Q. IF I NEED TO SUBMIT THE U.S. BIRTH CERTIFICATE IN UKRAINE, WHERE SHOULD I MAKE ITS TRANSLATION?
A. Either in the U.S. or in Ukraine. If you do it in the United States, then it ought to be notarized in Ukrainian consulate in the U.S. Otherwise, a translation can be produced, certified and notarized In Ukraine. In Ukraine presumably it is going to be cheaper and quicker.
Q. WHAT SHOULD BE SUBMITTED TO A CONSULATE?
A. In order to verify a translation in a foreign consulate, original document (it can be a notarized copy of the source document) with an apostille already affixed together with certified translation of that document into the target language should be submitted to the respected consular office for processing.
Q. WHAT IS DIFFERENT IN CASE OF CONSULAR LEGALIZATION?
A. If you submit a document for consular legalization and attach its translation, then they can perform two acts in a consular office – consular legalization of a document and consular verification of its translation.
Q. SHOULD A TRANSLATION BE ATTACHED TO A DOCUMENT TO RECEIVE AN APOSTILLE?
A. No. Once again, an apostille as a form of international certification of a public document has nothing to do with translation issues.
Q. DOES AN APOSTILLE VERIFY A TRANSLATION?
A. Absolutely not!
Q. SHALL AN APOSTILLE BE TRANSLATED?
A. No. Respected Hague Convention on apostilles introduces a standard form of a unified international certification of a public document, so called apostille. It is supposed to be printed on an official language of a country where a document is issued. Members of the Convention are obliged to recognize an apostille from another country participating in the Convention without any reservation. Member is deemed to be the government (its officials) of a country that ratified the Convention. Therefore, a refusal to accept an apostille on the grounds of absence of its translation into the language of an accepting country is inconsistent with provisions and the meaning of the Hague Convention.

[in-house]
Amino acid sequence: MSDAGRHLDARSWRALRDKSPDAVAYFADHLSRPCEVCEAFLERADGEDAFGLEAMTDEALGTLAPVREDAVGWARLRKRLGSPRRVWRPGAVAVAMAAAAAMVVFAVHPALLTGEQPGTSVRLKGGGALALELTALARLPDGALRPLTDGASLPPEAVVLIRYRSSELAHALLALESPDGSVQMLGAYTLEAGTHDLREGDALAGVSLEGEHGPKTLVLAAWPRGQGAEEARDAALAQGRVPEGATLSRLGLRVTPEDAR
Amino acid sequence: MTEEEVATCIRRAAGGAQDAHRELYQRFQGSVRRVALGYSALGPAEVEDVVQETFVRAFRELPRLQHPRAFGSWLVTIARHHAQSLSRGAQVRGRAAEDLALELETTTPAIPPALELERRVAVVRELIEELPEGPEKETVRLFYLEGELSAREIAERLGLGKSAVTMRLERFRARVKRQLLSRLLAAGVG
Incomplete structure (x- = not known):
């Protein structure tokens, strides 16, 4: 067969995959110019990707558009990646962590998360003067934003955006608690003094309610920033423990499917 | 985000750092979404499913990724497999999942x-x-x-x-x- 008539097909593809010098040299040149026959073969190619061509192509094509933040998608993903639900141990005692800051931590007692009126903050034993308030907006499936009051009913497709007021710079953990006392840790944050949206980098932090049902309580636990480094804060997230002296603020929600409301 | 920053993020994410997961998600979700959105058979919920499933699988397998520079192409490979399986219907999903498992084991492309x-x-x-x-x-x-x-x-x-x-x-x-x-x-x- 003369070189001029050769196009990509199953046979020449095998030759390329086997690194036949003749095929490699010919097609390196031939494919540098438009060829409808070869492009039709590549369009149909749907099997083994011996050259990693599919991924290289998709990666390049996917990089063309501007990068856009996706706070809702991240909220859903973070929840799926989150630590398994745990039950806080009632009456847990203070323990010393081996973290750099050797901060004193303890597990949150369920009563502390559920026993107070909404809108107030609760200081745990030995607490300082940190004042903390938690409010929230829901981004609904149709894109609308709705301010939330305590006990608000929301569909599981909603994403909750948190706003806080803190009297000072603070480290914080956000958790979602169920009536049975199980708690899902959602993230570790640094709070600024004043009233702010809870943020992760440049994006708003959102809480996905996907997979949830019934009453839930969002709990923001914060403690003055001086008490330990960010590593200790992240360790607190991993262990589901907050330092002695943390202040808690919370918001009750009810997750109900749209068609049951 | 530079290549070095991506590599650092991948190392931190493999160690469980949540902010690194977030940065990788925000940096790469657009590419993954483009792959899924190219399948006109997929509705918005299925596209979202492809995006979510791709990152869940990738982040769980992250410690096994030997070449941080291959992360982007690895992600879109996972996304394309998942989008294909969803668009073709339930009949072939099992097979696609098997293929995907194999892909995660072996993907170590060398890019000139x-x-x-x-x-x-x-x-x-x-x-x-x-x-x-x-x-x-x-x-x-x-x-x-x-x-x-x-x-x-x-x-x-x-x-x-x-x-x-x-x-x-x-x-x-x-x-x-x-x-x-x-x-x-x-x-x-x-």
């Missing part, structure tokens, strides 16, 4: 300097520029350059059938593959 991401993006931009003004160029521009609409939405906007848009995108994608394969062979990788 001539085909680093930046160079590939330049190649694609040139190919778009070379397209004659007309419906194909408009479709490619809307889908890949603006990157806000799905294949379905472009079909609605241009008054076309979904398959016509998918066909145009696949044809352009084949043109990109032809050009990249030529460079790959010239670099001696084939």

Q. SHOULD CERTIFICATIONS BE TRANSLATED?
A. Yes, they should. The fact of a matter is that pursuant to the Hague Convention an apostille certifies a foreign public document. What makes a document public for foreign use? The signature of a public official that can be recognized by a body authorized to issue apostilles. Government/court body that is capable and authorized to recognize the signature of a public official signed/certified the document. In some cases the signature of a public official that originally signed/certified the document can be authenticated by apostille directly. In other cases intermediate certifications might be necessary. For example, in New Jersey they register notary publics in the Secretary of State office, which is authorized to issue apostilles. In New York they record notary publics in County Clerk offices, while County Clerks are registered with the Secretary of State office. The Secretary of State is not capable to authenticate signatures of notary publics directly, and a multi-step authentication is required. For international purposes a foreign public document is what an apostille (or a consular legalization) makes valid in a country other than where the document was produced. For accepting organization a valid foreign document is what apostille is affixed to and what it validates. That means all certifications are considered to be a part of a document. Therefore, a document must be translated altogether, certifications included.